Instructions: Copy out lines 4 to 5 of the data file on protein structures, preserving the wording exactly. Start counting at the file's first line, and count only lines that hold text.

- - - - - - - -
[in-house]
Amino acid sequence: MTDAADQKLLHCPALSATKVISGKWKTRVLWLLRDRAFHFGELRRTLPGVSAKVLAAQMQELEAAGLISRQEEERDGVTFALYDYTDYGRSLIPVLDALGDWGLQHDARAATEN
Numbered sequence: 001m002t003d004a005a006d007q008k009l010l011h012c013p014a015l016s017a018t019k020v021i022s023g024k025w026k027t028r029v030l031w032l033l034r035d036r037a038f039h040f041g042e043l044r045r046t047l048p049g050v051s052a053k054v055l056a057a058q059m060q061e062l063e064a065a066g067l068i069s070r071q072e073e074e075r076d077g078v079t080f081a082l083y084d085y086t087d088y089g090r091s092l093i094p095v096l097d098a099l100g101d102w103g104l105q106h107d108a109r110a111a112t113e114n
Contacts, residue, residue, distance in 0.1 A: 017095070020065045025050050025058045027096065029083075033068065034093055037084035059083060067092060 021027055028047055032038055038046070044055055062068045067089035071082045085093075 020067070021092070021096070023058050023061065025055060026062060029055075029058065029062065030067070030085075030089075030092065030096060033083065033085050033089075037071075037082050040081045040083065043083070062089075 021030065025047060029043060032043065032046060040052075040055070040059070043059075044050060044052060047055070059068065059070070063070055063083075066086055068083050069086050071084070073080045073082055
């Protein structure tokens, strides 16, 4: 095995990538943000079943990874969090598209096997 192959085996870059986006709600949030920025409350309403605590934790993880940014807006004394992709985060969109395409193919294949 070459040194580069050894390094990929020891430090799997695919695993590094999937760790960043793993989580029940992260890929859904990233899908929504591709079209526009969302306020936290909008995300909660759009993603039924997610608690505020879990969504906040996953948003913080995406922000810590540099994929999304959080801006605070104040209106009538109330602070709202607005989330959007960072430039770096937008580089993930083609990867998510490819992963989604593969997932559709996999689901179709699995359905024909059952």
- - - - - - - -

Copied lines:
Contacts, residue, residue, distance in 0.1 A: 017095070020065045025050050025058045027096065029083075033068065034093055037084035059083060067092060 021027055028047055032038055038046070044055055062068045067089035071082045085093075 020067070021092070021096070023058050023061065025055060026062060029055075029058065029062065030067070030085075030089075030092065030096060033083065033085050033089075037071075037082050040081045040083065043083070062089075 021030065025047060029043060032043065032046060040052075040055070040059070043059075044050060044052060047055070059068065059070070063070055063083075066086055068083050069086050071084070073080045073082055
């Protein structure tokens, strides 16, 4: 095995990538943000079943990874969090598209096997 192959085996870059986006709600949030920025409350309403605590934790993880940014807006004394992709985060969109395409193919294949 070459040194580069050894390094990929020891430090799997695919695993590094999937760790960043793993989580029940992260890929859904990233899908929504591709079209526009969302306020936290909008995300909660759009993603039924997610608690505020879990969504906040996953948003913080995406922000810590540099994929999304959080801006605070104040209106009538109330602070709202607005989330959007960072430039770096937008580089993930083609990867998510490819992963989604593969997932559709996999689901179709699995359905024909059952």